• Assist with coordination and technical cooperation between countries, using existing regional organizations, including project identification and implementation, training programs, and personnel and information exchanges to increase capacity.

  • Promote the identification and implementation of private sector projects that reduce greenhouse gas emissions.

  • Convene a Sustainable Energy Symposium in the first half of 1995 to discuss follow-up activities relative to this initiative. In the spirit of cooperation countries will share their experiences and discuss progress on implementing this action plan.

*This initiative is integrally linked with the Energy Cooperation item.

22. Partnership for Biodiversity

Our Hemisphere contains over half the world's biodiversity. To sustain the Hemisphere's social and economic development, we must intensify efforts to understand, assess, and sustainably use this living resource base. We must act now to increase the technical and management capacity and public awareness of national and international efforts in this area. Agenda 2l, the Convention on Biological Diversity, and other related international instruments recognize these needs and call for the conservation and sustainable use of biodiversity resources.

Governments will:

  • Seek to ensure that strategies for the conservation and sustainable use of biodiversity are integrated into relevant economic development activities including forestry, agriculture, and coastal zone management, taking into account the social dimension and impact of these activities.

  • Develop and implement the policies, techniques, and programs to assess, conserve, and sustainably use terrestrial, marine, and coastal biodiversity resources.

  • Seek to ratify the Convention on Biological Diversity and pursue opportunities for collaboration under it, and, as appropriate, other international and regional environmental instruments.

  • Support democratic governmental mechanisms to engage public participation, particularly including members of indigenous communities and other affected groups, in the development of policy involving conservation and sustainable use of natural environments. The forms of this participation should be defined by each individual country.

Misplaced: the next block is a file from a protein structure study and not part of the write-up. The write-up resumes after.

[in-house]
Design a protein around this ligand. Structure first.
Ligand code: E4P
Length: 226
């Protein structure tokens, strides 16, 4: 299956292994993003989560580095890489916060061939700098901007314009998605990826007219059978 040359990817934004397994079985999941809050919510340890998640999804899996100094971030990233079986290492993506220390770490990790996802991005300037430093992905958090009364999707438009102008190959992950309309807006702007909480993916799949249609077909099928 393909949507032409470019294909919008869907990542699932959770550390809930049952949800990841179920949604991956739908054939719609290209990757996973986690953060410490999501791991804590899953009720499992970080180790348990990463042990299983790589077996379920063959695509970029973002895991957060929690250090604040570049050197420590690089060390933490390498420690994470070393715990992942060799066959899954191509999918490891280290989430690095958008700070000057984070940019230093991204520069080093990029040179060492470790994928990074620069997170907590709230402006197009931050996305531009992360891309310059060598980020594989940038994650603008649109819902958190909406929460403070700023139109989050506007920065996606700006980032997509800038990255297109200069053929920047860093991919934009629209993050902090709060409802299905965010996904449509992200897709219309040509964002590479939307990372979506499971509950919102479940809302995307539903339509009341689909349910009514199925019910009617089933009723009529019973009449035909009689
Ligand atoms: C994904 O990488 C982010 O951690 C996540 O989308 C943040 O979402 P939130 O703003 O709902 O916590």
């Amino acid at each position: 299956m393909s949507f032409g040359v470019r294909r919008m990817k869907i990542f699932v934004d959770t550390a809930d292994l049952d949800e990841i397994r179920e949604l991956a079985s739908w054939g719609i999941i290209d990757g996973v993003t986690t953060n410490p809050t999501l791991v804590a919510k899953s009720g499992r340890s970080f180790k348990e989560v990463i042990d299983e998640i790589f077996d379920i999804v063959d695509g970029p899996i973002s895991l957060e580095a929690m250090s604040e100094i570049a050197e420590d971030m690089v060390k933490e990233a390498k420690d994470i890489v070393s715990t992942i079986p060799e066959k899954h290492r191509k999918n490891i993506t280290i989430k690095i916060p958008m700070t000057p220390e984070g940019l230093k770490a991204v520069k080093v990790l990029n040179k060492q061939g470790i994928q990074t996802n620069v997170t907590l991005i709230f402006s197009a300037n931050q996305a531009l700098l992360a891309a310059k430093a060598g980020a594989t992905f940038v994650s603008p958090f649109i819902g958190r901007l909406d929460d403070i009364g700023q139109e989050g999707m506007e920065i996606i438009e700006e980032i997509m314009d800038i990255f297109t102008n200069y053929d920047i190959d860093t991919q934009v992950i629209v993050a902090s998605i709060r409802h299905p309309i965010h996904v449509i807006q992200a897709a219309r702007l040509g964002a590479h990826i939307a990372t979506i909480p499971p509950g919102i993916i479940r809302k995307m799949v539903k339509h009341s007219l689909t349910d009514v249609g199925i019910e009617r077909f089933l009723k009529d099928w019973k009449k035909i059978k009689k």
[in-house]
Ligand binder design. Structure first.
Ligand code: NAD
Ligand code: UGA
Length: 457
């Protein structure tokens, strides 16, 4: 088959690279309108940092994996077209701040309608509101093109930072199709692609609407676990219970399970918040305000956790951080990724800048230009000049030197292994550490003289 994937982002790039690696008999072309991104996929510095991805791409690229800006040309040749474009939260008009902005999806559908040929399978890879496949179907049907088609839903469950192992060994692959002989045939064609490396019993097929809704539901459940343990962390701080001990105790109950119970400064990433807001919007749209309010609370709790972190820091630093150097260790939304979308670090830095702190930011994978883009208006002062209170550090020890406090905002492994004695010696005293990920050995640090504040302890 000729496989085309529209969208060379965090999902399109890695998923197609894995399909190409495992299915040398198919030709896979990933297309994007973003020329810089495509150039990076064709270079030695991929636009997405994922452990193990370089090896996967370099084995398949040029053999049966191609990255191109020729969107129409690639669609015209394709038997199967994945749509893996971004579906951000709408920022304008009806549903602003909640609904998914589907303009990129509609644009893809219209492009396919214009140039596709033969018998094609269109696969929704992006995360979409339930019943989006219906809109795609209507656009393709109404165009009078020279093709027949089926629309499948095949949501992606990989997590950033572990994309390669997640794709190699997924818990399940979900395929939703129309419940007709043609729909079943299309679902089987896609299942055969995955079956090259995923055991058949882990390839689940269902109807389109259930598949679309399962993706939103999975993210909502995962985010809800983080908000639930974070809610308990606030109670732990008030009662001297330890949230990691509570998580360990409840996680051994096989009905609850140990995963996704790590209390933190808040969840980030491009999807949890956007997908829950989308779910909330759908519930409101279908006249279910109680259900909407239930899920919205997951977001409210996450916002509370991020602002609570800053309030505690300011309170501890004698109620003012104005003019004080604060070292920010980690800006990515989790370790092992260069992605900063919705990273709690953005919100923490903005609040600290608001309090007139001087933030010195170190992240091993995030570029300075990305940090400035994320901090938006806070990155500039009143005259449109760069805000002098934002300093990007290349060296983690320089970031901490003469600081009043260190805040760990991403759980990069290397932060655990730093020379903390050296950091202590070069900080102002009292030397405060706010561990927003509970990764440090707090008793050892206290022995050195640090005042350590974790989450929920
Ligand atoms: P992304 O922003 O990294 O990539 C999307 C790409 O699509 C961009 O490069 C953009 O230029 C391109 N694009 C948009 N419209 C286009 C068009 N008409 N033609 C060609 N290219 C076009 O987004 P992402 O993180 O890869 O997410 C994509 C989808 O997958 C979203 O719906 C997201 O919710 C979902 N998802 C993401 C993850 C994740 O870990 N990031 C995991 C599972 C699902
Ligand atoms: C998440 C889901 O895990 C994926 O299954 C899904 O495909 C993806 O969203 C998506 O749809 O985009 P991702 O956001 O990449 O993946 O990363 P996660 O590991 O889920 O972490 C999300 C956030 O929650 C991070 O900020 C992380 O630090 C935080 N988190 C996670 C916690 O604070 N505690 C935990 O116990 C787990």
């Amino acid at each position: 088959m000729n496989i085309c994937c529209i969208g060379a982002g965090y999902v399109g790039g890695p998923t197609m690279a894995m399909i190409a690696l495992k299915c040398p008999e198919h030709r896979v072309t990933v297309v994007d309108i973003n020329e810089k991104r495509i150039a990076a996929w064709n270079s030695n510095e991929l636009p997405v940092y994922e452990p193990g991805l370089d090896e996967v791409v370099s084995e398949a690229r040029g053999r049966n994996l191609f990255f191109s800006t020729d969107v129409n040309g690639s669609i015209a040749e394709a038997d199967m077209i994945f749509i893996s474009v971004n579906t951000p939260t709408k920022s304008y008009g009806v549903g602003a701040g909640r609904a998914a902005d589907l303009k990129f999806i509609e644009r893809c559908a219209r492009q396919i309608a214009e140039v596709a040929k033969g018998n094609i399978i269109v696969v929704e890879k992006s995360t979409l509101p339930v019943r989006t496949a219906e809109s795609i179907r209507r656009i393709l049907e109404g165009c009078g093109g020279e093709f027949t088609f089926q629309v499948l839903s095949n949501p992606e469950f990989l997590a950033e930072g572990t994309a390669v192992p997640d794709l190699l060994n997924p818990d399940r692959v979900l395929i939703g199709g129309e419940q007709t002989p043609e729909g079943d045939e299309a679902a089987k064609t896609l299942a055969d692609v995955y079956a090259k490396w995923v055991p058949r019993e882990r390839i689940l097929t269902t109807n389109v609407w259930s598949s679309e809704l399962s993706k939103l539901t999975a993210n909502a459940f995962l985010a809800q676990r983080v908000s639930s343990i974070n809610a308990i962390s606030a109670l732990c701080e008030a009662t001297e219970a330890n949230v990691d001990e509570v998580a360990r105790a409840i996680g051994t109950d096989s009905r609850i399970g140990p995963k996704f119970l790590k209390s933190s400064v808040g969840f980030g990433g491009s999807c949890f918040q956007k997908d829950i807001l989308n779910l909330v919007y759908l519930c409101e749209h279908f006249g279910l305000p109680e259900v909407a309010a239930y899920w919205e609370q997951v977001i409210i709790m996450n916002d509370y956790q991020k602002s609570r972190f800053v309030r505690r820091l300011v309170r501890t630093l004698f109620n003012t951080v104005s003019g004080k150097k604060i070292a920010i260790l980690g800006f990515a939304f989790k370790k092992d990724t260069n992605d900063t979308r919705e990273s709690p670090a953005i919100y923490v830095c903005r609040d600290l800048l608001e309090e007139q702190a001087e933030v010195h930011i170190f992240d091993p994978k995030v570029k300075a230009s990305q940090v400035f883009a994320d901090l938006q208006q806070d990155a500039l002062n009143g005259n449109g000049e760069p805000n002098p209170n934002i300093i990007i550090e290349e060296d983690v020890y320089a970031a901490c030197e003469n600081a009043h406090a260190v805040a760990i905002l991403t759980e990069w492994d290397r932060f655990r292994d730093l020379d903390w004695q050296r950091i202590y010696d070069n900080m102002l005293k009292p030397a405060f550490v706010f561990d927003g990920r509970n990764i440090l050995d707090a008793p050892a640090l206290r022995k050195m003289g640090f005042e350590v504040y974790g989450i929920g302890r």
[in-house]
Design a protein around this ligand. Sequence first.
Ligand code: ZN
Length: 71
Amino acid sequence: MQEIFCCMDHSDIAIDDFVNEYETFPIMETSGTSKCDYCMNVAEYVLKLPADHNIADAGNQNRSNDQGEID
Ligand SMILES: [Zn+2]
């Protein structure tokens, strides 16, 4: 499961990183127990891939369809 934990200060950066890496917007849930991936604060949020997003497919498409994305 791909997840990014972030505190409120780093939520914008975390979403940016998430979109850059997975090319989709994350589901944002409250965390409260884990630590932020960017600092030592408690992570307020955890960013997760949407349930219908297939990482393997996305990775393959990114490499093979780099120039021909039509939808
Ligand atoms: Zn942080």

• Develop national plans and programs to establish and strengthen the management of parks and reserves, seeking links to economic, social, and ecological benefits for local people.

  • Build capacity for the conservation and sustainable use of biodiversity, through programs on management of parks and protected areas, forests and wetlands management, the Small Islands Developing States Action Plan, the Coral Reef Initiative, CITES support projects, and the Caribbean Regional Marine Pollution Action Plan, among others.

  • Launch a "Decade of Discovery" to promote hemispheric technical and scientific cooperation and to facilitate the exchange of information relevant to the conservation and sustainable use of biological diversity.

  • Increase support of training and education initiatives addressing sustainable use of biodiversity resources and foster activities by universities, non-governmental actors and organizations and the private sector to assist in the training of managers and to empower local communities.

  • Call on multilateral financial institutions, including the IDB and the Global Environment Facility, to support eligible regional and national projects.

  • Discuss progress on implementation of national and international activities described above at the 1996 Summit Conference on Sustainable Development in Bolivia, and at subsequent annual sustainable development ministerials.

23. Partnership for Pollution Prevention

As recognized in Agenda 21, sound environmental management is an essential element of sustainable development. Cooperative efforts are needed to develop or improve, in accordance with national legislation and relevant international instruments: (1) frameworks for environment protection; and (2) mechanisms for implementing and enforcing environmental regulations. To achieve this goal, a new partnership will promote cooperative activities for developing environmental policies, laws, and institutions; increasing technical capacity; promoting public awareness and public participation; continuing to pursue technological, financial and other forms of cooperation; and facilitating information exchange, including on environmentally sound technologies. The activities of the partnership will build on and advance the implementation of international agreements and principles including those agreed to at the 1992 United Nations Conference on Environment and Development and the 1994 Global Conference on the Sustainable Development of Small Island Developing States, in areas identified as priorities by countries of the Hemisphere.